But the Court is not "pro" or "anti" any business model nor a blinkered supporter of any particular country's citizen's or corporations. What it applies, since 1952 in over 28,000 judgments, isEuropeanlaw. Legislation crafted by a democratically-elected European Parliament representing now twenty-eight sovereign states. It does so without fear or favour, striking down even the activities of the very European countries that both founded and fund it, and sometimes siding with companies with headquarters on other continents, paying negligible taxes.

The most recent Google case was simply business-as-usual for the Court which in 2013, decided over 1,500 cases. The Court typically takes between one and two years to deliver its judgments - always unanimous and about half the time with the assistance of an Advocate General prior-published opinion. Very few of the cases before the Court involve the full Grand Chamber of fifteen judges, but instead call on a panel of three or five judges from the pool of around twenty-seven. These judges are called from all the member states of the European Union and as their resumes show, have varied backgrounds, often highly multicultural and multilingual.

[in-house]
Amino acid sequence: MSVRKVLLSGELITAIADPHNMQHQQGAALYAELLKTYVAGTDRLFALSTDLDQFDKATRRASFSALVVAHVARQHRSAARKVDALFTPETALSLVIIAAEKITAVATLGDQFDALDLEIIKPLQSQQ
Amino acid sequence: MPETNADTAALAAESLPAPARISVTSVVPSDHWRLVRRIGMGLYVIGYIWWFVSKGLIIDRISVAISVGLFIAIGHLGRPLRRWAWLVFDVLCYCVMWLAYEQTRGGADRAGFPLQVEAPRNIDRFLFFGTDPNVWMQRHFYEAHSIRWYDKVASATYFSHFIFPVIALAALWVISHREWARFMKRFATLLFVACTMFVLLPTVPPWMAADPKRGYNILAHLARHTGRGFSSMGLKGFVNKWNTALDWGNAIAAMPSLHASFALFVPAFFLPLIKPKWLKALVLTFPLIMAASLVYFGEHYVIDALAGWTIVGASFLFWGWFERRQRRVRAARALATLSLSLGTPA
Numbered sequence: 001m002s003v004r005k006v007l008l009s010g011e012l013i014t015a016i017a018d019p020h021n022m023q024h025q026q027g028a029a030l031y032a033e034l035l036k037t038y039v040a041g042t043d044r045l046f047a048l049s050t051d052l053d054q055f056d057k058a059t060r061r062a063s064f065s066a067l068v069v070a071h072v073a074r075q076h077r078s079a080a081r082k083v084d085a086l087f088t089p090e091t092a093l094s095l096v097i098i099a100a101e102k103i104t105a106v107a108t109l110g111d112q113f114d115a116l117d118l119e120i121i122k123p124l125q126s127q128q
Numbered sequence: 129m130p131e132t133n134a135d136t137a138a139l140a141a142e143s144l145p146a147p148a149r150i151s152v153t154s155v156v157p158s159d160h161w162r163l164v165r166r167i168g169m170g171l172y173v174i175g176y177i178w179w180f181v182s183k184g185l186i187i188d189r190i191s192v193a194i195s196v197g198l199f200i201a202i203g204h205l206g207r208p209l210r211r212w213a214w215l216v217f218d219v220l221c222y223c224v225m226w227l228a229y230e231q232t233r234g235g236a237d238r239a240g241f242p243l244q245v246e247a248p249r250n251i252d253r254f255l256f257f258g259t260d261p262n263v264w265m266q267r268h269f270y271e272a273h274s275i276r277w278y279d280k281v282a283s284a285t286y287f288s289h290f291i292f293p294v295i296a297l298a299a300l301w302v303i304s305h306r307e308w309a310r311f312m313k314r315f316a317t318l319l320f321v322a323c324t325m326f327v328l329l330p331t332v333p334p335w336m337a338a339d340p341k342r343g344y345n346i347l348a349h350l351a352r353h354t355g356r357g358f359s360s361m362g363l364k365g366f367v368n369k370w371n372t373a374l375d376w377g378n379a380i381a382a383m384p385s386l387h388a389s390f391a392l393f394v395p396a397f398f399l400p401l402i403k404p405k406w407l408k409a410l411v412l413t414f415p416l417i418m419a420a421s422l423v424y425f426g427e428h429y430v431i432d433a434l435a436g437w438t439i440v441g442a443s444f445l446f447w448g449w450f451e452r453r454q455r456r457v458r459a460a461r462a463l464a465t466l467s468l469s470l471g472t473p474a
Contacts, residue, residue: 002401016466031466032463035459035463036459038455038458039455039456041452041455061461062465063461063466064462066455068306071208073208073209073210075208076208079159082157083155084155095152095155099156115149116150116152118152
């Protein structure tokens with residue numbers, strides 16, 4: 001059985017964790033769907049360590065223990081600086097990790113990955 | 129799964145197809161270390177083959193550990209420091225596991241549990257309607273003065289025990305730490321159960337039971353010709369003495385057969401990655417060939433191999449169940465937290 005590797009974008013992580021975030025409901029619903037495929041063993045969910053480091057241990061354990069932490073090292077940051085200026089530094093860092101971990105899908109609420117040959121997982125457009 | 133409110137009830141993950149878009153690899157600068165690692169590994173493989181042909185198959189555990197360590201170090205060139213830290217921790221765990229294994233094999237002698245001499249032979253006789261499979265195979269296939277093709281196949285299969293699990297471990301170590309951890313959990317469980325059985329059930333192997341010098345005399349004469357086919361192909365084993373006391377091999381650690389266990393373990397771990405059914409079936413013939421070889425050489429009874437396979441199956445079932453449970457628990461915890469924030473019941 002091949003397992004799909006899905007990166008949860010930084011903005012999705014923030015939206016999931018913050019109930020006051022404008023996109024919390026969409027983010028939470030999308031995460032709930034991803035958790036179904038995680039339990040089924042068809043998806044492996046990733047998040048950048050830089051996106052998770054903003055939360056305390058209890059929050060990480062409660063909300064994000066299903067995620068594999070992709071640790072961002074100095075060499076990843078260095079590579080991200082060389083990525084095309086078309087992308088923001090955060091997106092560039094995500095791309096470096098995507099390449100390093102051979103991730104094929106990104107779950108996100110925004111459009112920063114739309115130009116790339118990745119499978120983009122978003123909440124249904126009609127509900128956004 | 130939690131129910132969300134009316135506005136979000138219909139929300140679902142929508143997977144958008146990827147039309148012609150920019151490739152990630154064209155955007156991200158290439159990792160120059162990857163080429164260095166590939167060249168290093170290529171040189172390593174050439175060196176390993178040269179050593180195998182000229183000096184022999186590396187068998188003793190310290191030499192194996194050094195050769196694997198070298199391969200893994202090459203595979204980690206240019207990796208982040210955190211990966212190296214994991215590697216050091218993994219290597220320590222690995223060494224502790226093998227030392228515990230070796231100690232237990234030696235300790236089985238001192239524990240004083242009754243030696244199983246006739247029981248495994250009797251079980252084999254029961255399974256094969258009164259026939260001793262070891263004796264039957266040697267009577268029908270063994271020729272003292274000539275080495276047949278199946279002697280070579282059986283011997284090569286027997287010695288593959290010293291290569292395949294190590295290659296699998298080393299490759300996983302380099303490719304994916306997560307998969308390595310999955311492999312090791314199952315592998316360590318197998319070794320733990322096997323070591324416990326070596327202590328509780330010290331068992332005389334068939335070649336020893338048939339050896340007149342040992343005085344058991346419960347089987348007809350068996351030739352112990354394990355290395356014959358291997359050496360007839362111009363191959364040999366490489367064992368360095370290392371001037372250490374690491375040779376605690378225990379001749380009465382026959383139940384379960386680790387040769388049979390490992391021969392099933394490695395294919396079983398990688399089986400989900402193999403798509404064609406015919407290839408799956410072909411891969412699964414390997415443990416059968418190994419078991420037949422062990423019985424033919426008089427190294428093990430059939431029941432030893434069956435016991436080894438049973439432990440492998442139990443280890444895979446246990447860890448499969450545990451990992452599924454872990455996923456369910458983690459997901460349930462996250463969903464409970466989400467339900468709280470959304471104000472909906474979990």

Not all of these 1,500 cases were akin to Google's recent loss or win four years' earlier. Those two cases were examples of "references for a preliminary ruling". This is where a member state's court - not the litigants, note - has determined that it needs guidance on interpreting an area of European law. In US terms, these requests for preliminary rulings are akin to the Rule 19 of the Supreme Court, "certification of a question of law". Perhaps that is where the similarities end however as on average the CJEU accepts more requests a day than the US Supreme Court accepts adecade. Typically the Court provides about four-hundred rulings a year just like the one we are discussing here.